Tense with Ron Currie Jr.

Learn how and why we write stiff, stilted prose, and what to do about it.

Your Instructor: Ron Currie Jr., author of "Everything Matters!"

Where: Online — Available everywhere!

When: September 26, 2019 - October 24, 2019


Price: $325

Class Description

Get back in touch with those instincts, and start writing the kind of loose, entertaining sentences people actually want to read.

Somewhere along the line, somebody—likely a high school English Lit teacher—convinced our subconscious that real literature has to be highfalutin and self-serious, full of dense, stuffy prose. When we heed this lesson, though, we cut ourselves off from our storytelling instincts, the oral tradition that’s encoded in our DNA. In this four week course, Ron Currie Jr. will help you get back in touch with those instincts, and start writing the kind of loose, entertaining sentences people actually want to read.

What This Class Covers

Week One

Lecture: Think about when you’re telling a story out loud to a group of people. What do you emphasize, and what do you omit? What kind of language do you use? What holds your audience’s attention? How does it feel when you get it right?

And why, then, is it so different when you dedicate that same story to the page? Why do we write in a way we would never speak? Why does everything suddenly become so literary, most often to the story’s detriment?

Making allowances for a few immutable differences between spoken and written language, there is no compelling reason why the stories we tell out loud and the stories we write down should be all that different. They function in almost precisely the same way. They aim to light up the same areas of the brain, and create the deep, incomparable experience of an empathic response. It follows, then, that we should build them in the same way. And our building materials, of course, are our words. 

Exercise: Take a story you know well—real or imagined—and tell it to someone. The audience doesn’t matter, really; the key is to record yourself. Then take the same story and write it down. Compare the two versions, note where they differ and how, and ask yourself: why are you making different choices on the page? And are those differences to the benefit of the story itself? 

Week Two

Lecture: There’s a reason they call it writers’ block, and not storytellers’ block—what trips us up, bogs us down, and in severe cases makes us quit is more often our sentences, not our story. We bind ourselves (not to mention our characters and our plotlines) in linguistic straightjackets, then wonder why what we write feel constricted and lifeless.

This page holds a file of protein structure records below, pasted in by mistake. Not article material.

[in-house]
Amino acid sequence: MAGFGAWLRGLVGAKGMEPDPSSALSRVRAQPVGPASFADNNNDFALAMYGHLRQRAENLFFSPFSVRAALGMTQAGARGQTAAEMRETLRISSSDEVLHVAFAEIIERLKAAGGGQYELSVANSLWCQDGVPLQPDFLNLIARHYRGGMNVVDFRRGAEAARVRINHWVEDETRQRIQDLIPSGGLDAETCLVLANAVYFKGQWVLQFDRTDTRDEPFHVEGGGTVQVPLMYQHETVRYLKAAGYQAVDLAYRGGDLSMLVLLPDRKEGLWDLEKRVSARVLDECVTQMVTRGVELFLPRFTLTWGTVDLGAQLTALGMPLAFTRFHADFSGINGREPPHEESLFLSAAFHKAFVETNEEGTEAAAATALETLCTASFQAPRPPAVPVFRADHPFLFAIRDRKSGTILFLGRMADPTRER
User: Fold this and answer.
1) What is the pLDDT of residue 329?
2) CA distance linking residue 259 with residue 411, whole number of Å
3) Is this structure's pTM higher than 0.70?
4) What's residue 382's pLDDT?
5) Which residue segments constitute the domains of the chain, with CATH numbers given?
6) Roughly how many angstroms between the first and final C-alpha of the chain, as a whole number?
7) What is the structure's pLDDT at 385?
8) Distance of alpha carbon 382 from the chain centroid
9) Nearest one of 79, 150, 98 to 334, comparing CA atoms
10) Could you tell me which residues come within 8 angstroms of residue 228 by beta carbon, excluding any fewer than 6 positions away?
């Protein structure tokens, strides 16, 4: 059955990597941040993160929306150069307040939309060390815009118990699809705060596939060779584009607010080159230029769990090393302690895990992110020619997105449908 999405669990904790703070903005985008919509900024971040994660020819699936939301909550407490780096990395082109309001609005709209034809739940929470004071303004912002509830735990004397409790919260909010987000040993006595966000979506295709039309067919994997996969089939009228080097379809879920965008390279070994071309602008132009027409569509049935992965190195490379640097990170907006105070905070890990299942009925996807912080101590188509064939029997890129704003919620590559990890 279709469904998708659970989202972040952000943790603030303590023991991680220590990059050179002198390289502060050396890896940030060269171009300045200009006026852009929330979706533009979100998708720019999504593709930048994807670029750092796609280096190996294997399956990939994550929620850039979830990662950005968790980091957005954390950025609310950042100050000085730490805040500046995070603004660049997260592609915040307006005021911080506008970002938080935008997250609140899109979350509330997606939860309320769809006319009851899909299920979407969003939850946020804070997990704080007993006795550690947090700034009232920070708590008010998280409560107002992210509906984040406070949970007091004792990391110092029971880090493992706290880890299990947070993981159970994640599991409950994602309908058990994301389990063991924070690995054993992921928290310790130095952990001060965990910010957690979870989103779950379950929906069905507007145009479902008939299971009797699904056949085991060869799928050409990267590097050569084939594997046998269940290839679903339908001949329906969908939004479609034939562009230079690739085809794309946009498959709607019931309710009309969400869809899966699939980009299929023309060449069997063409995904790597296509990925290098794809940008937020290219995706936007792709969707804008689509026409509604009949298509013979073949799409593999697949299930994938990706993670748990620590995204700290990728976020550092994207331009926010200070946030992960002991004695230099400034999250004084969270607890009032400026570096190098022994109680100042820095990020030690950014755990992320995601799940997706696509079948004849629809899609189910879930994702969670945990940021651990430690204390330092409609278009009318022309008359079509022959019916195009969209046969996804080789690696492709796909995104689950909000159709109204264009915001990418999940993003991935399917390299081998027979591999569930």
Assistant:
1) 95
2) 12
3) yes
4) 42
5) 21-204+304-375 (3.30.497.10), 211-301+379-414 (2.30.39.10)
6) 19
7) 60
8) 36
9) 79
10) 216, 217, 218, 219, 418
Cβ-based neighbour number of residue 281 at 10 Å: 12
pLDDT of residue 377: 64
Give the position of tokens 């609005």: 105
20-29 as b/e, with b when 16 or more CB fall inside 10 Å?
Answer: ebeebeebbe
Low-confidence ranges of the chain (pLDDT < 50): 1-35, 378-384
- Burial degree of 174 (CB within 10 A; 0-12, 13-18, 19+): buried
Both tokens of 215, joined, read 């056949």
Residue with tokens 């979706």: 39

Exercise: Take a passage you’re not happy with from your book and view it through the lens of this course. Don’t pay too much attention to incident, action, dialogue—just look at the sentences themselves. Note their cadence, or lack thereof. Forget about the meanings of the words, and pay attention to how they sound. With all of this in mind, rewrite the passage, hearing it in your mind as you go. This should feel more like transcribing than actual writing. 

Week Three

Lecture: Everyone knows that when you’re nervous, you don’t perform well. If you’re nervous at the podium, your voice quavers and you forget what you’re trying to say. If you’re nervous on the golf course, you shank the drive off the tee and three-putt the shortest hole on the course. And if you’re nervous when you sit down to write, the story you could otherwise tell with aplomb eludes you. The paradox in writing, as in life, is that when we loosen our grip—when we stop worrying and striving and wanting so damn hard—a lot of what we’re after comes to us, seemingly of its own volition.

Exercise: You’ll articulate to yourself—on the page, concretely, and with comprehensive honesty—what it is about writing that makes you fearful, anxious, what have you. You may think you already know, but if you haven’t written about these fears, there’s a very good chance you don’t understand their nature—or how to deal with them—nearly as well as you think.    

Week Four

Lecture: And here comes the paradox—sometimes, when it serves the story, we actually want our prose to be stiff, awkward, even lifeless. What are the circumstances under which this becomes the correct narrative play? How do we deploy “bad” prose artfully? The secret lies not just in the sentences themselves, but in the signals we’re sending to the reader: that we’re writing “poorly” with intent, that there is something important to be gleaned from this decision, and most importantly, that we as the author are in control of the story, even when it appears, in a superficial way, that we aren’t writing well. 

Exercise: We’ll cook up scenarios in which stiff, stilted writing is indicated. Some examples: a first-person POV with a pompous sociopath. A long monologue from someone trying desperately to hide the truth. An exchange between strangers in a totalitarian society where people are disappeared for the slightest of oratory offenses. And so on. Through this exercise we’ll learn that writing stuffy prose well is harder than we think—but completely doable and, as we’ve seen, sometimes the only correct choice.    

Goals Of This Class

  • Identify the differences between oral storytelling and the written word, and where the two overlap
  • Learn to write sentences that have a natural cadence and flow
  • Condition yourself to relax, loosen your grip and just WRITE
  • Identify and understand what scares you about writing
  • Learn when it is necessary to actually stiffen up your prose


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